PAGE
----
Ladron Peak

From Wikipedia, the free encyclopedia
Jump to navigation Jump to search
Ladrón Peak
Highest point
Elevation 9,186 ft (2,800 m)  NAVD 88[1]
Prominence 3,130 ft (950 m) [2]
Coordinates 34°26′05″N 107°05′06″W / 34.434813733°N 107.085098083°W / 34.434813733; -107.085098083Coordinates: 34°26′05″N 107°05′06″W / 34.434813733°N 107.085098083°W / 34.434813733; -107.085098083[1]
Geography
Location Socorro County, New Mexico, U.S.
Parent range Sierra Ladrones
Climbing
Easiest route off-trail hike/scramble from west side

Ladrón Peak is an isolated, highly visible peak in central New Mexico, lying about 50 mi (80 km) southwest of Albuquerque. Ladron Peak is the only major peak in the compact range (really one large massif) known as the Sierra Ladrones, which lies between the Rio Puerco to the east and the Rio Salado to the southwest.

Despite its conical shape and its proximity to lava flows and small volcanoes, it is not itself a volcano. The core of the mountain is Precambrian granite.[3] The peak rises dramatically from its surroundings on all sides; the summit is almost 4,500 feet (1,370 m) above the Rio Grande Valley, 10 miles (16 km) to the east.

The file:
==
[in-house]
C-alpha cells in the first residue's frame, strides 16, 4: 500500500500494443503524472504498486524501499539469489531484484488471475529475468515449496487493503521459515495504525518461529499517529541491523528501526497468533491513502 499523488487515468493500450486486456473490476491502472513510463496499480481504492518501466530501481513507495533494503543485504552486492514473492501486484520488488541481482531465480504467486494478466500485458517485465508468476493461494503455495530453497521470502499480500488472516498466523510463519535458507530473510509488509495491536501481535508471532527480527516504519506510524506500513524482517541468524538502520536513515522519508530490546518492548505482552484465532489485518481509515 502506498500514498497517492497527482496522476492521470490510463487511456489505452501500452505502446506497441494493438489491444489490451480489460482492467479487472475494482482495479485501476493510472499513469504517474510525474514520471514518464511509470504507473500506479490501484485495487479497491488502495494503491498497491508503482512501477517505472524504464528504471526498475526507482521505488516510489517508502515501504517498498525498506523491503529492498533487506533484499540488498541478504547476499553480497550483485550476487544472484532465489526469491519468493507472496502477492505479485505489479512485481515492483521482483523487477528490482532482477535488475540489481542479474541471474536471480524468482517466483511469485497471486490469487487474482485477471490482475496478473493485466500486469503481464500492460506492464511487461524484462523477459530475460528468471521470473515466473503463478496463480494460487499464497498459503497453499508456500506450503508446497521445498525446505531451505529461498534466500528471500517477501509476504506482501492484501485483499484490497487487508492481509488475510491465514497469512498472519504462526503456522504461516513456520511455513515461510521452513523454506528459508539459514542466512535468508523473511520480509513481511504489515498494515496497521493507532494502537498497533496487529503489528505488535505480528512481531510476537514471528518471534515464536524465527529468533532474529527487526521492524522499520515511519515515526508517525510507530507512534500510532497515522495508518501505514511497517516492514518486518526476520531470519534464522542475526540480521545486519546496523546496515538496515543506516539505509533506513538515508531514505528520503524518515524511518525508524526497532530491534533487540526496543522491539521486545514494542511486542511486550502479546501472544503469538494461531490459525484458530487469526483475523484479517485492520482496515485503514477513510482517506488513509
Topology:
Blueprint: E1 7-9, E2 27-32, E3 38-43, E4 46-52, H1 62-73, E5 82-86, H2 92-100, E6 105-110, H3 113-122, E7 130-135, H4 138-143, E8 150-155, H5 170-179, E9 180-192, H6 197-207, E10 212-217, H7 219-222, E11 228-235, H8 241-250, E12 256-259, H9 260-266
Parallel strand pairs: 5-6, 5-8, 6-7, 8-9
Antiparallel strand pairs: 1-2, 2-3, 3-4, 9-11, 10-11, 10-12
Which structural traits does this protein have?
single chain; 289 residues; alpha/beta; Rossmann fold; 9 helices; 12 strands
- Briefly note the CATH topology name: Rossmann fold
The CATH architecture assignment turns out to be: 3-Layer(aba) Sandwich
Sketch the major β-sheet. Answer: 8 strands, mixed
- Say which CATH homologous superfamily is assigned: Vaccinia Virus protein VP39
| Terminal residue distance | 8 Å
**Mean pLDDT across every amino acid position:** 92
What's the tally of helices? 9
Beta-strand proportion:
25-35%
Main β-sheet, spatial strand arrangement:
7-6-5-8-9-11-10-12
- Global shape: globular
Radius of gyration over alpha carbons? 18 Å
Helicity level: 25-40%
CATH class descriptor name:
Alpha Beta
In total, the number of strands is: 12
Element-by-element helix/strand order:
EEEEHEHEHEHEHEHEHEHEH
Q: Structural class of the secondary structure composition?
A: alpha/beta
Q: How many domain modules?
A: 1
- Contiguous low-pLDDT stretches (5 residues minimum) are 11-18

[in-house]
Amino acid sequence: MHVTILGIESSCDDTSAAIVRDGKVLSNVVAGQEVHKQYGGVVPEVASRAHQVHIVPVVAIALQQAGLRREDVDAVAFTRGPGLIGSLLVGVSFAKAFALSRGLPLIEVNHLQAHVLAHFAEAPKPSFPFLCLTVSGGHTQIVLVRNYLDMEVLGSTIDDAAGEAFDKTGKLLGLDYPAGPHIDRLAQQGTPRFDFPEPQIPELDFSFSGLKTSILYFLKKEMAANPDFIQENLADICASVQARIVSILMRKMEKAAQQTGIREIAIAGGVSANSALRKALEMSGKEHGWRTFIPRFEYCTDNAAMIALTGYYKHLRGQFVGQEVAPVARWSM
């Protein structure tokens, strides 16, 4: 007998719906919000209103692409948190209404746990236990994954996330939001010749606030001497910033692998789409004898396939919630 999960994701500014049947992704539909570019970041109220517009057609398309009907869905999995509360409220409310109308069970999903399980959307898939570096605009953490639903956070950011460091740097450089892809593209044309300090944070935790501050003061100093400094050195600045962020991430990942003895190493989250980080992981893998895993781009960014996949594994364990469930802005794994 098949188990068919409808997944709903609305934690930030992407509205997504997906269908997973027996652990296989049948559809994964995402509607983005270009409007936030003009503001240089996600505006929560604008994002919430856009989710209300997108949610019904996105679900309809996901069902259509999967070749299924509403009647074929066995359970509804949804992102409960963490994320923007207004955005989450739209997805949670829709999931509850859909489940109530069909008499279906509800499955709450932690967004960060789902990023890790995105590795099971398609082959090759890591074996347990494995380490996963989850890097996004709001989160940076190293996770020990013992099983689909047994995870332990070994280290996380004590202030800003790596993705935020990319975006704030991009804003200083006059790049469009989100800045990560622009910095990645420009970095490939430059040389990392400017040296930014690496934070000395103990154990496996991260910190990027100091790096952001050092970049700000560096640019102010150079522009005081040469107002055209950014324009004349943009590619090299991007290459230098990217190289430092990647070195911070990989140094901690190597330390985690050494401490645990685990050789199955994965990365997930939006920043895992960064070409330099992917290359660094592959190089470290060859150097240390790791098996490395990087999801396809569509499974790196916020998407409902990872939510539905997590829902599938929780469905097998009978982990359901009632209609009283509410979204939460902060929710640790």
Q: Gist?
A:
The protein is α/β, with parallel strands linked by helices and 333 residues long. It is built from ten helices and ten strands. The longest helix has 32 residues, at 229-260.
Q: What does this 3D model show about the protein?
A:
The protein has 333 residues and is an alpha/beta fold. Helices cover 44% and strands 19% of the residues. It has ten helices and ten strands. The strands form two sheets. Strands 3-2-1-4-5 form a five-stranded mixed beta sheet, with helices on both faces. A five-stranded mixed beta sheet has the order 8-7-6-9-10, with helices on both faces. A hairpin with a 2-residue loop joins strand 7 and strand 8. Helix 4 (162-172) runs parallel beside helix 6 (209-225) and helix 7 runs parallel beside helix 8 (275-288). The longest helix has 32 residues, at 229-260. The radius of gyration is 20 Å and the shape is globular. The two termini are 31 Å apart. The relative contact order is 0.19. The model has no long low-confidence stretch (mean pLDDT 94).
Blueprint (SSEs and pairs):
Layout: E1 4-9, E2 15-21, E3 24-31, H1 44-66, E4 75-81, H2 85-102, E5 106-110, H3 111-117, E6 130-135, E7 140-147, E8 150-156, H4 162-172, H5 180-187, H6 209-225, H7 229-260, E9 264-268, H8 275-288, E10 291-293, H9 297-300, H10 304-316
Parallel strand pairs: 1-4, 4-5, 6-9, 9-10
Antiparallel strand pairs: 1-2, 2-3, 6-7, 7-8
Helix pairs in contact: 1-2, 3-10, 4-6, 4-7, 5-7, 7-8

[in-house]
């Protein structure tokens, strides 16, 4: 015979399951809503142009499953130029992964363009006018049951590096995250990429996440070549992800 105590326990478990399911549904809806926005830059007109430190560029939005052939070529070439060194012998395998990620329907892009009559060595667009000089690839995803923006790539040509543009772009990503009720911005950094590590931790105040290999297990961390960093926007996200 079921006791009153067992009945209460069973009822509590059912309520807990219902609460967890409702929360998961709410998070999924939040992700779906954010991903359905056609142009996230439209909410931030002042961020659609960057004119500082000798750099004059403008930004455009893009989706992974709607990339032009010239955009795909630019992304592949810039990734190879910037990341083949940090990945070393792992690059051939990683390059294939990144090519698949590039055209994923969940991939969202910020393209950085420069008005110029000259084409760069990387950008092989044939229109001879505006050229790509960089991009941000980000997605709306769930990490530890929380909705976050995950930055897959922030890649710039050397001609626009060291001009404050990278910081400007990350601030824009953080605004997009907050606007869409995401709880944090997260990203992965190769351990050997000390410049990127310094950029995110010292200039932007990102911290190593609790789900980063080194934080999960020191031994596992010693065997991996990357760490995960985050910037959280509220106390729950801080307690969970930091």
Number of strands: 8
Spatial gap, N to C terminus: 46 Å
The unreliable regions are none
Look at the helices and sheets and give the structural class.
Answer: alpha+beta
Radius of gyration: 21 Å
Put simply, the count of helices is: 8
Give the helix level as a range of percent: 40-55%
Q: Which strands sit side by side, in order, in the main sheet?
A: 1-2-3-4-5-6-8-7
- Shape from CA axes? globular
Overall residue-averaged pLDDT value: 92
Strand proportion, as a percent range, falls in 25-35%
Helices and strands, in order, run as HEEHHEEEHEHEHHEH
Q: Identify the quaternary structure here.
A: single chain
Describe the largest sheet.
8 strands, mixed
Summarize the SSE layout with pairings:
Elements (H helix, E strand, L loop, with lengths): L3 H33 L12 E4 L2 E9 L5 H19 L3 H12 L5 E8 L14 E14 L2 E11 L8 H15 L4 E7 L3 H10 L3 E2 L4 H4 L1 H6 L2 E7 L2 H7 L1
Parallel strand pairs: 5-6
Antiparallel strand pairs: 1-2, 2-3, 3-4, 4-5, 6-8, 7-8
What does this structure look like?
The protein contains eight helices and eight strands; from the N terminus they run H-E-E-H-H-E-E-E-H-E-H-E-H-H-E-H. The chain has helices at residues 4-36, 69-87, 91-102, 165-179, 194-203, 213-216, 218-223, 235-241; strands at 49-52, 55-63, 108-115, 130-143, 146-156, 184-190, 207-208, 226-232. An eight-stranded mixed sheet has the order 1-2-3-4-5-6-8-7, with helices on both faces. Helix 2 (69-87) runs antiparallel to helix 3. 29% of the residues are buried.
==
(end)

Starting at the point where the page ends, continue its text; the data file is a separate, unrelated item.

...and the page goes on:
The name of the peak means "thief", and "Sierra Ladrones" means "thieves' mountains." Navajo and Apache raiding parties, and later Hispanic and Anglo rustlers, used the mountains as hideouts, hence the name.[3] Evidence of human occupation goes back over 10,000 years, and more recent prehistoric use occurred by the Mogollon and Anasazi cultures.[4] Today, part of the range is included in the Sevilleta National Wildlife Refuge, administered by the US Fish and Wildlife Service. The rest of the range is a mix of BLM and private land.

Ecologically, Ladrón Peak is a sky island, supporting vegetation and wildlife not found in the surrounding grasslands. It is high enough to have coniferous forests on its upper slopes. Animal species include mountain lion, bear, pronghorn, elk, deer and reintroduced desert bighorn sheep.[4]

Notes and references[edit]

  1. ^ a b "Ladrones". NGS data sheet. U.S. National Geodetic Survey. Retrieved 2014-02-13. 
  2. ^ "Ladrones Benchmark, New Mexico". Peakbagger.com. Retrieved 2014-02-13. 
  3. ^ a b Butterfield, Mike; Greene, Peter (2006). "Mike Butterfield's Guide to the Mountains of New Mexico". New Mexico Magazine Press. ISBN 978-0937206881. 
  4. ^ a b "Sierra Ladrones". New Mexico Wilderness Alliance. Archived from the original on 2007-08-02. Retrieved 2014-02-12. 

External links[edit]